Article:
The Power is Now

Real estate agent finds dead body during showing – The Real Deal

(Photo Illustration by The Real Deal with Getty Images)

(Photo Illustration by The Real Deal with Getty Images)

Police in Washington say a real estate agent discovered a dead body last weekend while showing a home to prospective buyers.

The Clark County Sheriff’s Office responded to the call from a rural property in the suburban city of Camas just Northeast of Portland, Oregon, according to The Olympian.

Responding officers found the body with an apparent gunshot wound and called the Major Crimes Unit for a homicide investigation. Officers interviewed neighbors and identified a “possible person of interest”, The Olympian reported.

The following day detectives discovered the person of interest had died in Oregon from “what investigators believe was a self-inflicted gunshot wound,” according to a press release cited by The Olympian.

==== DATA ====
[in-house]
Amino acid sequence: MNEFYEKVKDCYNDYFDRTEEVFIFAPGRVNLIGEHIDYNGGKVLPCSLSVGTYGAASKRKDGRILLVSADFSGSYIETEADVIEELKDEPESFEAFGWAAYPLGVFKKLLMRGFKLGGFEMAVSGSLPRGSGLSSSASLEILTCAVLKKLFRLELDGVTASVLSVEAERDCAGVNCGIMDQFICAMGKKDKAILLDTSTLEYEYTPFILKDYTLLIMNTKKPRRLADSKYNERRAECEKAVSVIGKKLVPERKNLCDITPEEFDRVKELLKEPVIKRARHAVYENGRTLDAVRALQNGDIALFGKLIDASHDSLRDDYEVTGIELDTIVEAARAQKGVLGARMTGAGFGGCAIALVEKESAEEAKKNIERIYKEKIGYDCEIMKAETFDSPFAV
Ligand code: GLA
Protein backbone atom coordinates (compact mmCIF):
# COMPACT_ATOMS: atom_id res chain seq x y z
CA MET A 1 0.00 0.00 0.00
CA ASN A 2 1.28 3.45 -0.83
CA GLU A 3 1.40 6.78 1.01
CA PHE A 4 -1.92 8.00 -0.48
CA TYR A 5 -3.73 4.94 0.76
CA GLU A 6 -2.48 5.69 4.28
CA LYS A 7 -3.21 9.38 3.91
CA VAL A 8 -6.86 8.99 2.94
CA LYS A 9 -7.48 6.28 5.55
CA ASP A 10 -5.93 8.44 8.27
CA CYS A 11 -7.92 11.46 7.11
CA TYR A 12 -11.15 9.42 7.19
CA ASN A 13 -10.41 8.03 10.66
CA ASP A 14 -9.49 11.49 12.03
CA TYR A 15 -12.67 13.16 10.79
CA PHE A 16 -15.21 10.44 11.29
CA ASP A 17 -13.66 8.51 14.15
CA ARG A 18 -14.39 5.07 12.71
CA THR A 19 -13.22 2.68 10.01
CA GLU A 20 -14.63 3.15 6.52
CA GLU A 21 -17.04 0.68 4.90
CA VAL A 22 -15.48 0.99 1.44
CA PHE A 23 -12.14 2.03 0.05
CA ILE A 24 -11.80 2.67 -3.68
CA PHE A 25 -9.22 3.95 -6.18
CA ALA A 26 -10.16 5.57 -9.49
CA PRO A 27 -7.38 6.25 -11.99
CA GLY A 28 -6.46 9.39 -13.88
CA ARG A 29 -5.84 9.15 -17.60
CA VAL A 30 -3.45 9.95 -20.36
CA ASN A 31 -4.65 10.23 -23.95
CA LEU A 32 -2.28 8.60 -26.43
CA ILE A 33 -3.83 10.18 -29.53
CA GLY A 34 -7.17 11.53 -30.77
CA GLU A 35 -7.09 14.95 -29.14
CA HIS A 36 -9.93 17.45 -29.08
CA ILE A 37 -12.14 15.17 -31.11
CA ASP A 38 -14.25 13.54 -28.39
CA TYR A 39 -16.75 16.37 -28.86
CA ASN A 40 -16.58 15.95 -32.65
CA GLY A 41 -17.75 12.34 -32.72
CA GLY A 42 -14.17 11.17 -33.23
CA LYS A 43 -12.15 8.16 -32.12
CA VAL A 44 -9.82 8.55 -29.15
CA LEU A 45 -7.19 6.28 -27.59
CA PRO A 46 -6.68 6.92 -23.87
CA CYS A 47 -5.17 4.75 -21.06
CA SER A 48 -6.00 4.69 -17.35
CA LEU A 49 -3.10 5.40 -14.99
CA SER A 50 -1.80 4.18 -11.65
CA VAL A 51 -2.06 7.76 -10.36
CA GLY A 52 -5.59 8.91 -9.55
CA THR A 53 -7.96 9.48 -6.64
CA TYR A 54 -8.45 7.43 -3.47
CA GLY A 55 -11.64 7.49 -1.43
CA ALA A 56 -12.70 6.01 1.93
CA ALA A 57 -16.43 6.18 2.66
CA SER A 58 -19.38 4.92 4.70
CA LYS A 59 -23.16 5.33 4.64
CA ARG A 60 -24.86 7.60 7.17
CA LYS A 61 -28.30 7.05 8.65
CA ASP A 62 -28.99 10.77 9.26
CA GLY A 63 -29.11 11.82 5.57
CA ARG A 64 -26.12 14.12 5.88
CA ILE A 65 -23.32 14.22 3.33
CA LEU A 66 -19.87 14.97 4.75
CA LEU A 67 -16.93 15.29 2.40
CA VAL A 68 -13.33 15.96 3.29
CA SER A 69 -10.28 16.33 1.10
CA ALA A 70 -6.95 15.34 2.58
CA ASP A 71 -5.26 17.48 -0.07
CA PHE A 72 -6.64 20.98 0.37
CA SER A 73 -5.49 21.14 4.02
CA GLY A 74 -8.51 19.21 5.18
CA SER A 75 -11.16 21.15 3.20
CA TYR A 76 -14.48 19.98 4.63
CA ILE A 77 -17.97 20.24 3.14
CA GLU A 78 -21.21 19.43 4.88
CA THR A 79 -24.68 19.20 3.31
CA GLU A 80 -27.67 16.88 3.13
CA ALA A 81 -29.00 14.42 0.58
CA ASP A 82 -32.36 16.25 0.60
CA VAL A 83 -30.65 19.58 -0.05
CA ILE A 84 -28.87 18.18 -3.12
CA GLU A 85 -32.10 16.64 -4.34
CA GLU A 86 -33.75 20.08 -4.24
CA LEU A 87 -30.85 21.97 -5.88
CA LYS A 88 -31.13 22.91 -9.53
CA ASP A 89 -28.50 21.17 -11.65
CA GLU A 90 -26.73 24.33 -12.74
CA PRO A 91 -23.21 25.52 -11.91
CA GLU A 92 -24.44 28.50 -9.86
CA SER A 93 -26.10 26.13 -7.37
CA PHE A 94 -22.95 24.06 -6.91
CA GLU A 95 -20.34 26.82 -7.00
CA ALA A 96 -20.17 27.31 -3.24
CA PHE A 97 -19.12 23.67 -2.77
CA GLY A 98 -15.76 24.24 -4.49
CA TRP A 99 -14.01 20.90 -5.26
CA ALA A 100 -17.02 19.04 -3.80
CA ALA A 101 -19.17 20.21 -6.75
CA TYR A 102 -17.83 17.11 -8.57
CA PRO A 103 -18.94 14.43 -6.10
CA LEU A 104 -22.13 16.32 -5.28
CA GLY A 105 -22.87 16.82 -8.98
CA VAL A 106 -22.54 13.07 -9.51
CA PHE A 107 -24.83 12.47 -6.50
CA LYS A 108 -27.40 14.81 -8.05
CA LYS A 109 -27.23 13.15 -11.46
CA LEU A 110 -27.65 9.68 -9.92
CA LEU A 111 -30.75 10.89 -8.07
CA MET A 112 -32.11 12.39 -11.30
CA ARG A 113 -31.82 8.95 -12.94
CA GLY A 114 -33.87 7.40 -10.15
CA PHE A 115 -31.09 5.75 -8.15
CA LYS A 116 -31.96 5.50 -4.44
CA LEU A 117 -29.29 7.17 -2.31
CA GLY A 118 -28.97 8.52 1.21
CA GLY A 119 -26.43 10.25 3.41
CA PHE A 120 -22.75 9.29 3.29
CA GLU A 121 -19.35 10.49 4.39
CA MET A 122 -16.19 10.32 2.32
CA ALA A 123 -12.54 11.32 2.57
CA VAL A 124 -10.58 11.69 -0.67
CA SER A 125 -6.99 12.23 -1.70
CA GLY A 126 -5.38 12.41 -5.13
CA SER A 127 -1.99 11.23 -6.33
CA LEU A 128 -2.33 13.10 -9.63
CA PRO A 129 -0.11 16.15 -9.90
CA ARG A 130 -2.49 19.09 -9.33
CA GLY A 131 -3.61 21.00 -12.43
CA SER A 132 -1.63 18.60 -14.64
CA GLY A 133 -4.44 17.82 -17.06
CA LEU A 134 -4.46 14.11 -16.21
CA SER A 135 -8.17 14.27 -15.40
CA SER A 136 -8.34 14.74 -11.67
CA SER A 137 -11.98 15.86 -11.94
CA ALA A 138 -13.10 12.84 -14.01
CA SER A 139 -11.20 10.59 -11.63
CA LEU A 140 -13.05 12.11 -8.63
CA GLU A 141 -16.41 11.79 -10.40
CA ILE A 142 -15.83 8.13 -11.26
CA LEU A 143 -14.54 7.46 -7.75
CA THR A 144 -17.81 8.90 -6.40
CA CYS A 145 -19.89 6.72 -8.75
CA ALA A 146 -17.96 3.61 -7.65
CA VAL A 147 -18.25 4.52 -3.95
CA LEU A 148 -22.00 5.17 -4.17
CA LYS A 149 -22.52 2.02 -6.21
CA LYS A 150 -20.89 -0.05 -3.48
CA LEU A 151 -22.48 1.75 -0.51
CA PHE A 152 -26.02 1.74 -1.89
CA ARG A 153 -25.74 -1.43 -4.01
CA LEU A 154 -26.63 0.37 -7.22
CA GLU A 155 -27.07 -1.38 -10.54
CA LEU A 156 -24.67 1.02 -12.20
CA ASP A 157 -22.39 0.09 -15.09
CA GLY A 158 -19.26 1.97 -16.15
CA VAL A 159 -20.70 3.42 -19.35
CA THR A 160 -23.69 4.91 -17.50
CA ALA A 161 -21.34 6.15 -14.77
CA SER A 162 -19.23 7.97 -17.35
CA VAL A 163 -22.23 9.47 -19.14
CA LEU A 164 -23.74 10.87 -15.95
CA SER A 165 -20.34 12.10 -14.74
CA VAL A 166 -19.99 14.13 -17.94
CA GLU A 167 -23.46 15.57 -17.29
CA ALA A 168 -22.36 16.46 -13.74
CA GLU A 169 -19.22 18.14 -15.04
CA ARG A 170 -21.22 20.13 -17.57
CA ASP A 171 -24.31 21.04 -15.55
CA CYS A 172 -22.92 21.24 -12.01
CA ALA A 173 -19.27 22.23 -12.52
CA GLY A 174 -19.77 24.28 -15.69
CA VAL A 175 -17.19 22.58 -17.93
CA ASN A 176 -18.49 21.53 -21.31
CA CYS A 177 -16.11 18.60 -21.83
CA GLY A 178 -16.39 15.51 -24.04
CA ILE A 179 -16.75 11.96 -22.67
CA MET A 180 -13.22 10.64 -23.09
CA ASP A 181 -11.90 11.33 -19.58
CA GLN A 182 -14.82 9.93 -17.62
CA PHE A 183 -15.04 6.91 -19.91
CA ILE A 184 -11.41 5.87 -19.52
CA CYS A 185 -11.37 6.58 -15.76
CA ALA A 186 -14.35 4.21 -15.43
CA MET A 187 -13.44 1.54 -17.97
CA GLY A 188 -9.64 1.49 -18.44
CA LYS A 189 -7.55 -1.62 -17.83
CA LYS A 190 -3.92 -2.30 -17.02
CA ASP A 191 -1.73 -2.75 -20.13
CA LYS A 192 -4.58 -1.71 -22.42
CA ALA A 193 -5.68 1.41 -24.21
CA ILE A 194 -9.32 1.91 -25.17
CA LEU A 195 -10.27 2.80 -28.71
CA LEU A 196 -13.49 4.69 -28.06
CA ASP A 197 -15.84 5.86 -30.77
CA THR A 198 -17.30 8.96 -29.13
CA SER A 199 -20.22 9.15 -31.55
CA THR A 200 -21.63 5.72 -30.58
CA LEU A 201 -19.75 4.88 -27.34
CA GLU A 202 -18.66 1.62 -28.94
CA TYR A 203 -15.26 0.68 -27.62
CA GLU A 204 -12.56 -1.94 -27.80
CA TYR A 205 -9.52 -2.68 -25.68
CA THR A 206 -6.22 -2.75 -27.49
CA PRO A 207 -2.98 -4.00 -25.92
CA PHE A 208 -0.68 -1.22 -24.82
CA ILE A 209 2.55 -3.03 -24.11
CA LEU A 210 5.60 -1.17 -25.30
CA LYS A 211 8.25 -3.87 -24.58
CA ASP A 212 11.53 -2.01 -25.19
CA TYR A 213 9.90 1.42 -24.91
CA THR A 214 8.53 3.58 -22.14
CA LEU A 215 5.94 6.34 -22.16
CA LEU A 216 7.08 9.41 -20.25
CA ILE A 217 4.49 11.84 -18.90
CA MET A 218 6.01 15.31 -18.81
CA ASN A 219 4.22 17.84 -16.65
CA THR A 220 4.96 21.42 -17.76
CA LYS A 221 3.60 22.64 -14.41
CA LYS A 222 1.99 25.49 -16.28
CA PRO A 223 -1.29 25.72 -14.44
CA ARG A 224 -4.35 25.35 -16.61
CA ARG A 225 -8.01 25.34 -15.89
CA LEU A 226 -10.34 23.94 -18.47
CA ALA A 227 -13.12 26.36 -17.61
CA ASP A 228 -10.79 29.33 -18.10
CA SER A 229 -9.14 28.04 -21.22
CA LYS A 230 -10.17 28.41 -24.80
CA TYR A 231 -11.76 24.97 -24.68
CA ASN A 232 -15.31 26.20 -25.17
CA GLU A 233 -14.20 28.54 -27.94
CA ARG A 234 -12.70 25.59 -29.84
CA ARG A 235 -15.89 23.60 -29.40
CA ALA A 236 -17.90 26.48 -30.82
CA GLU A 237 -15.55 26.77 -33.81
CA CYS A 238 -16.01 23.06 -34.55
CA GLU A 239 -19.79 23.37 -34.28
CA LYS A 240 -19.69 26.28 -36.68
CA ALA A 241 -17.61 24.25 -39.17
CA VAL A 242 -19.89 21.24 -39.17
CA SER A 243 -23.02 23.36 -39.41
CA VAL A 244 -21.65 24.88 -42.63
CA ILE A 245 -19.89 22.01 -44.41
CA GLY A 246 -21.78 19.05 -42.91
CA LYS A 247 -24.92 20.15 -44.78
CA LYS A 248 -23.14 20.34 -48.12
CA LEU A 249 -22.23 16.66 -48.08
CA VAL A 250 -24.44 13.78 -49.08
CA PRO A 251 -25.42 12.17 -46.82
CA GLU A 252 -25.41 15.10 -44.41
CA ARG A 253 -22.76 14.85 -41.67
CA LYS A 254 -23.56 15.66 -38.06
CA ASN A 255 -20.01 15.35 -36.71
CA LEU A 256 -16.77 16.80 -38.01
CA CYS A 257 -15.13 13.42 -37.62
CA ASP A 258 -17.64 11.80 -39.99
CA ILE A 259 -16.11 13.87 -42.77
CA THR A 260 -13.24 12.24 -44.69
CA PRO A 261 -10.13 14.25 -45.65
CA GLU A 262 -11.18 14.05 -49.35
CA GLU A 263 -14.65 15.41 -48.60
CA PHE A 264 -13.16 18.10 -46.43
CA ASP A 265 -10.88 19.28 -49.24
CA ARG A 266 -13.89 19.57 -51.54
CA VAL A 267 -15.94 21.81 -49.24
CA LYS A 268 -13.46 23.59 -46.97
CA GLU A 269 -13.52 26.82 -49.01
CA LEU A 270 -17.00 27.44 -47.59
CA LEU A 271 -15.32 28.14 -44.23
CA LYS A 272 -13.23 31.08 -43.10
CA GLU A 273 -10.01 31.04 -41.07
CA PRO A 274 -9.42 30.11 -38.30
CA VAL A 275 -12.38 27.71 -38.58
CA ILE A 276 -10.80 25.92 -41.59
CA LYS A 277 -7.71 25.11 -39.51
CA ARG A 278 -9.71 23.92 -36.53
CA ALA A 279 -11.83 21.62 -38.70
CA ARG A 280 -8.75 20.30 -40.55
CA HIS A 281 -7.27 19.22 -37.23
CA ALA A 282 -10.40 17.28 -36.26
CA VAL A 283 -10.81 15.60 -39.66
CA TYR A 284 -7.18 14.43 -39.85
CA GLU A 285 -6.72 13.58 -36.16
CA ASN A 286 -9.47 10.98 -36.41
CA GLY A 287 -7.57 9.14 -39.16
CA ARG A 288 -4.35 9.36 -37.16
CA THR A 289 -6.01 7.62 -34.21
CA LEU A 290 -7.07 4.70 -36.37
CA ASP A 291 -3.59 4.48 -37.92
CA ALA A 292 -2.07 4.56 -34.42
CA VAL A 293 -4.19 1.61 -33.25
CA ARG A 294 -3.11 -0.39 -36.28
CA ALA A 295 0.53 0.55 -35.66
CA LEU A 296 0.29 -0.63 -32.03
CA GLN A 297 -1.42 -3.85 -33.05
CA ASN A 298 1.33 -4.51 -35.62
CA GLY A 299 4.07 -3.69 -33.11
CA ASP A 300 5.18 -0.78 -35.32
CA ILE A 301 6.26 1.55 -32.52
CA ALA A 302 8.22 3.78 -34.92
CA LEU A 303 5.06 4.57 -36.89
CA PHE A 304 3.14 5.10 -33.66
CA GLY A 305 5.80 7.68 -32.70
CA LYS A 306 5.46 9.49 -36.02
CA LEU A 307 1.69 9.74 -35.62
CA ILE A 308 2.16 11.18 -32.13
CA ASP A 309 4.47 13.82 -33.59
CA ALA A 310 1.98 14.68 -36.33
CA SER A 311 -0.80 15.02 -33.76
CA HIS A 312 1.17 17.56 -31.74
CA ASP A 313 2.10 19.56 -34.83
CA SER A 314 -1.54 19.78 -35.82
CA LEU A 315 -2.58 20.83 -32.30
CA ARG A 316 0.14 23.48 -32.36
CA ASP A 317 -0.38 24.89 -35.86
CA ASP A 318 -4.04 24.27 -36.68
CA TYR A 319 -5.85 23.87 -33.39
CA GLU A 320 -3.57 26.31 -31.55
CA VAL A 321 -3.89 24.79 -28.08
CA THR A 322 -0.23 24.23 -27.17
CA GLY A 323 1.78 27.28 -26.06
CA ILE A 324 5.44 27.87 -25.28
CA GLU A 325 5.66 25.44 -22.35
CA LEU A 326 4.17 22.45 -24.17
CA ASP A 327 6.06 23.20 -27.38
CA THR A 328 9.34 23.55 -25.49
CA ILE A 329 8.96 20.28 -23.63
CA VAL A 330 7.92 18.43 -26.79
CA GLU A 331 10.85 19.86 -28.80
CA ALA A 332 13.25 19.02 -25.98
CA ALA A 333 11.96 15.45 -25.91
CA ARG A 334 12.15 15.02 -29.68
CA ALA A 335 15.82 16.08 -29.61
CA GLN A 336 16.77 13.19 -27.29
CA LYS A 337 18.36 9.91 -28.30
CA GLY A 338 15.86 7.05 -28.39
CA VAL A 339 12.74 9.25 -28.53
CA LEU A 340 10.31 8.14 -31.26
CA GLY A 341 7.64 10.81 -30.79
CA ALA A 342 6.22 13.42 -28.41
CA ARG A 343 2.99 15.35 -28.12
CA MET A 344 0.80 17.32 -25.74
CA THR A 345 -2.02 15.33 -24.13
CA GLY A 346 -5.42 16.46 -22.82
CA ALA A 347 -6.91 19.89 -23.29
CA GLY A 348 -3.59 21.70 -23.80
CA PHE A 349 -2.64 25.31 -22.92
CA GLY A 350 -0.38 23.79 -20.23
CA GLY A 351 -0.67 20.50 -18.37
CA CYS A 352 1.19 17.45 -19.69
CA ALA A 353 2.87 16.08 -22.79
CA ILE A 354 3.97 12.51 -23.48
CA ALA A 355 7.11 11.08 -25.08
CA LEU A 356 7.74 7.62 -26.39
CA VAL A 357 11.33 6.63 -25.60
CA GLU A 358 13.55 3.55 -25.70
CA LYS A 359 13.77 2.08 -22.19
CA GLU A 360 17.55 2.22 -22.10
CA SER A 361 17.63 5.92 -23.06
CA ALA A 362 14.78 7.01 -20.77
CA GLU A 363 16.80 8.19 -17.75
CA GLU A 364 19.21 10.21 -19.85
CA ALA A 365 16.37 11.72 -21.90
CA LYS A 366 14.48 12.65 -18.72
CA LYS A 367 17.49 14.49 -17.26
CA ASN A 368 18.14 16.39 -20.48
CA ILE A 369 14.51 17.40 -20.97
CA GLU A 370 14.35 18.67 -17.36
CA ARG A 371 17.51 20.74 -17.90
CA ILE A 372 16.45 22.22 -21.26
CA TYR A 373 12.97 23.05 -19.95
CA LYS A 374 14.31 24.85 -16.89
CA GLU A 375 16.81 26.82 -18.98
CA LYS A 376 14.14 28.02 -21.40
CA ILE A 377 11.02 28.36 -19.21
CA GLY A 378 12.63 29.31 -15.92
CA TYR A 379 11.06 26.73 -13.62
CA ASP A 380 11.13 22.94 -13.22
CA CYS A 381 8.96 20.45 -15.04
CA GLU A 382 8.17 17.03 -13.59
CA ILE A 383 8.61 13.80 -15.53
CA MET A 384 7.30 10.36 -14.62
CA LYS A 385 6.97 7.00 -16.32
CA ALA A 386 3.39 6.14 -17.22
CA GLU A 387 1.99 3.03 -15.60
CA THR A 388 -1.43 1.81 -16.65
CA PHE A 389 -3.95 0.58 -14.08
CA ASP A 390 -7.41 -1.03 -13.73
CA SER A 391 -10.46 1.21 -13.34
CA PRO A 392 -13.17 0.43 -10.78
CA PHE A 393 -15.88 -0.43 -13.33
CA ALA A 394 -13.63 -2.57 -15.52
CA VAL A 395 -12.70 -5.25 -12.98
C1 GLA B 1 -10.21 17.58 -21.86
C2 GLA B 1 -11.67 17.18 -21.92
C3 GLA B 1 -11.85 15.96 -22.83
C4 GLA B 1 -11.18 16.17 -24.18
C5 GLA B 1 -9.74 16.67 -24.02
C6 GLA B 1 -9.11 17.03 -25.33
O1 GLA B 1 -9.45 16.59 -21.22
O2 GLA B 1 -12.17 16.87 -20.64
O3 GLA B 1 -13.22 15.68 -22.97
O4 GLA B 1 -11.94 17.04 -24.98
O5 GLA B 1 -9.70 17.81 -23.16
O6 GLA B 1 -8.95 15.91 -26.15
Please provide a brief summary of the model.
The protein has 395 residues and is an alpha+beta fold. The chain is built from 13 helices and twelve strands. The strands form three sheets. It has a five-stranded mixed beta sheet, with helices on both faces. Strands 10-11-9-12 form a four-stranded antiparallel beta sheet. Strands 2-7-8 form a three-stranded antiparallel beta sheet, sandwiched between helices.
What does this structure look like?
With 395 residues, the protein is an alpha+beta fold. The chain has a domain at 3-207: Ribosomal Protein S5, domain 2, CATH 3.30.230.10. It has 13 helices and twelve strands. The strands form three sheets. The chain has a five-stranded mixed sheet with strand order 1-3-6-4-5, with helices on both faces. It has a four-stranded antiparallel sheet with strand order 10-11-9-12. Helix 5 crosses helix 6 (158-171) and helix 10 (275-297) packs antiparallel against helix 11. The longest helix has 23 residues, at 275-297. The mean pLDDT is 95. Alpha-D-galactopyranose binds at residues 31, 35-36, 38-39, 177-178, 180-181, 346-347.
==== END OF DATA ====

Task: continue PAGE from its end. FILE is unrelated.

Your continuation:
Police said the investigation is ongoing with help from police in Oregon.

While real estate agents aren’t often the victims of crimes, a member survey conducted by the National Association of Realtors found that 84 percent of respondents felt unsafe on the job, or feared for the safety of their personal information, last year, up 12 percent from the year prior.

Agents and brokers reported most commonly feeling unsafe at showings, with 41 percent of respondents reporting an incident last year. Client meetings in secluded locations and open houses were other common settings for creepy run-ins, respondents said.

Zooming out, real estate professionals in suburban areas were among the most likely to have feared for their safety on the job, with 23 percent of women and 13 percent of men reporting a frightening experience.

Despite those incidents, very few agents and brokers have been victims of crimes: 95 percent of male professionals and 96 percent of females said they’ve never been victimized. Identity theft was the most commonly reported crime, having affected 2 percent of males and 1 percent of females. Fewer than one percent of male and female respondents reported being assaulted or robbed on the job last year.



own shows